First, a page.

Effect of Dehydroepiandrosterone (DHEA) on Hot Flashes in Postmenopausal Women
The purpose of the study is to evaluate the effect of daily oral intake of DHEA 50 mg for 4 months on reducing vasomotor symptoms (hot flashes) compared to placebo administration in postmenopausal women.
Humans, along with the other primates, are unique among animal species in having adrenals that secrete large amounts of the inactive precursor steroids dehydroepiandrosterone (DHEA) and especially its sulfate DHEA-S. The marked reduction in the formation of DHEA-S by the adrenals during aging results in a dramatic fall in the formation of androgens and estrogens in peripheral target tissues, a situation that has been proposed to be associated with age-related diseases including skin atrophy, insulin resistance and obesity. Much attention has been given to the benefits of DHEA administered to postmenopausal women, especially on the bone, skin, vagina and well being after oral as well as percutaneous administration of the precursor steroid.
This study proposes to study the effect of 50 mg oral DHEA capsules during a period of 4 months administered to postmenopausal women experiencing 50 or more moderate to severe hot flushes per week. Participants will be stratified by the number of hot flushes experienced per week. The two strata are: 50-70 or more than 70 hot flushes per week. During the study several biological and clinical parameters will be evaluated, as well as the reduction of the number of hot flashes and improvement of overall quality of life.
Subjects will be evaluated at specific time intervals during the study for the above mentioned parameters as well as tolerability and adverse reactions.
Allocation: Randomized, Control: Placebo Control, Endpoint Classification: Safety/Efficacy Study, Intervention Model: Parallel Assignment, Masking: Double-Blind, Primary Purpose: Treatment
Clinique des Traitements Hormonaux
Active, not recruiting
Centre hospitalier universitaire de Québec
Results (where available)
- Source: http://clinicaltrials.gov/show/NCT00317148
- Information obtained from ClinicalTrials.gov on July 15, 2010
Medical and Biotech [MESH] Definitions
A major C19 steroid produced by the ADRENAL CORTEX. It is also produced in small quantities in the TESTIS and the OVARY. Dehydroepiandrosterone (DHEA) can be converted to TESTOSTERONE; ANDROSTENEDIONE; ESTRADIOL; and ESTRONE. Most of DHEA is sulfated (DEHYDROEPIANDROSTERONE SULFATE) before secretion.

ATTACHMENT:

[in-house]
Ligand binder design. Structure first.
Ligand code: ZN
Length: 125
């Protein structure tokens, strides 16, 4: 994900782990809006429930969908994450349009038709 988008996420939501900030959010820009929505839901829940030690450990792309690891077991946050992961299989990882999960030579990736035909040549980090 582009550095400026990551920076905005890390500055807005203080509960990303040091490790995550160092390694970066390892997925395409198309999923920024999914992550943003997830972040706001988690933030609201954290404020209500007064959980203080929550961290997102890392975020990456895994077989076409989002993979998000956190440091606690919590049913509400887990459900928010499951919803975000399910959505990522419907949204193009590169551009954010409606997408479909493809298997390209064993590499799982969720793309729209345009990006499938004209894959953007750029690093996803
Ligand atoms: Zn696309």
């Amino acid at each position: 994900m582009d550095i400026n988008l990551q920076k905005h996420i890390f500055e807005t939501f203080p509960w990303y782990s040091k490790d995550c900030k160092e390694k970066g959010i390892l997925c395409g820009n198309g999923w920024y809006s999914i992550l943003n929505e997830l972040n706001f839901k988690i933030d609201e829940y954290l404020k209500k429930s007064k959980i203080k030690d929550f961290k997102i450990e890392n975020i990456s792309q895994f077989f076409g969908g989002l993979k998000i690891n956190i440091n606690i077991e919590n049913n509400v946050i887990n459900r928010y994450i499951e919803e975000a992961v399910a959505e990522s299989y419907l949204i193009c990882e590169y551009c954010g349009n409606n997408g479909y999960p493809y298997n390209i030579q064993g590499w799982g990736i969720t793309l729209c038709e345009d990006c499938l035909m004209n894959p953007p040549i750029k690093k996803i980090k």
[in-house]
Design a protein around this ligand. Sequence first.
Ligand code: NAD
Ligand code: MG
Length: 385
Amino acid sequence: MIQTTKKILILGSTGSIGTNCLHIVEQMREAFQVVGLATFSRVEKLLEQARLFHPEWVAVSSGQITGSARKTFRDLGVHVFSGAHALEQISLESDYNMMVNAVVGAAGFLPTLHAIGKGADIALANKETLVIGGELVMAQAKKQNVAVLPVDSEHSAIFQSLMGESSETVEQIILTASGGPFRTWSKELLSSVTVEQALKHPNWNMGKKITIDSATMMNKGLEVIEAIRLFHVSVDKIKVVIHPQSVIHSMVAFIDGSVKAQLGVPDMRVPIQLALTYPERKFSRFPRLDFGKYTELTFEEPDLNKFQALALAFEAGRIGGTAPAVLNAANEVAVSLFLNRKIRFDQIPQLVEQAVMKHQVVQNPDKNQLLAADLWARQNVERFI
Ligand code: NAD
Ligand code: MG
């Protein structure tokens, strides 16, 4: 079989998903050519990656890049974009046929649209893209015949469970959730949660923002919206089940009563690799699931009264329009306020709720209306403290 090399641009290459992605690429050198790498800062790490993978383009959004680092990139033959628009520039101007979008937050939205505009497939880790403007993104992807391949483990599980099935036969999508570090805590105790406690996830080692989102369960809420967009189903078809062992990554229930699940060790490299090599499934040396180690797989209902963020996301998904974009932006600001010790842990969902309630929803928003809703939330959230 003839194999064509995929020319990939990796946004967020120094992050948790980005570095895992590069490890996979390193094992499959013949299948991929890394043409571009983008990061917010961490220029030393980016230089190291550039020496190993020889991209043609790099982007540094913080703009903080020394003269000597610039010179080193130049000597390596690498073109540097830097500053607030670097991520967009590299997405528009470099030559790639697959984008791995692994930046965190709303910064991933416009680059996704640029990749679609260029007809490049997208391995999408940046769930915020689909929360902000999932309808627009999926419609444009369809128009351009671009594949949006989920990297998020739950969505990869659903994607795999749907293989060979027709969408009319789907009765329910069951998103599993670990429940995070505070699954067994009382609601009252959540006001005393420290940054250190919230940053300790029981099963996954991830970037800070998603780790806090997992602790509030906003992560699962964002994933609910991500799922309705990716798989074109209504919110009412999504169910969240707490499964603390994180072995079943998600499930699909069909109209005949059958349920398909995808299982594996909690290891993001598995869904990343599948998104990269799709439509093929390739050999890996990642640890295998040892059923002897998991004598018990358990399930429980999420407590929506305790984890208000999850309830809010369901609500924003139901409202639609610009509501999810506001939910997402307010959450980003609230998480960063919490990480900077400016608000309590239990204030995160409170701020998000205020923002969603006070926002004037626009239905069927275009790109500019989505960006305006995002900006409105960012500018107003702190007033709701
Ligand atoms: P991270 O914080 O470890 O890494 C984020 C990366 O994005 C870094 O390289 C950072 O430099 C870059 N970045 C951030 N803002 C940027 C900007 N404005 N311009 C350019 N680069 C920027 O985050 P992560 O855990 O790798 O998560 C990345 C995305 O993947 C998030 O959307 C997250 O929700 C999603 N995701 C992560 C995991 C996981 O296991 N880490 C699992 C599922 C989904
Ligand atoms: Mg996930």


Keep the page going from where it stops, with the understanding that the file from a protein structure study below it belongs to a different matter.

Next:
A sudden, temporary sensation of heat predominantly experienced by some women during MENOPAUSE. (Random House Unabridged Dictionary, 2d ed)
Excess production of ADRENAL CORTEX HORMONES such as ALDOSTERONE; HYDROCORTISONE; DEHYDROEPIANDROSTERONE; and/or ANDROSTENEDIONE. Hyperadrenal syndromes include CUSHING SYNDROME; HYPERALDOSTERONISM; and VIRILISM.
The circulating form of a major C19 steroid produced primarily by the ADRENAL CORTEX. DHEA sulfate serves as a precursor for TESTOSTERONE; ANDROSTENEDIONE; ESTRADIOL; and ESTRONE.
The inner zone of the adrenal cortex. This zone produces the enzymes that convert PREGNENOLONE, a 21-carbon steroid, to 19-carbon steroids (DEHYDROEPIANDROSTERONE; and ANDROSTENEDIONE) via 17-ALPHA-HYDROXYPREGNENOLONE.
The aim of this study was to evaluate the effect of dehydroepiandrosterone supplementation on in vitro fertilization performance and outcome among poor-responder patient.
OBJECTIVES: I. Determine the efficacy of dehydroepiandrosterone (DHEA), an androgen replacement hormone, for patients with primary adrenal insufficiency (Addison's disease).
This study aims to evaluate the safety and efficacy of a standard chloroquine drug regimen administration supplemented with dehydroepiandrosterone sulfate against drug-resistant malaria.
OBJECTIVES: I. Evaluate the safety and efficacy of synthetic dehydroepiandrosterone, GL701, in women with active systemic lupus erythematosus.
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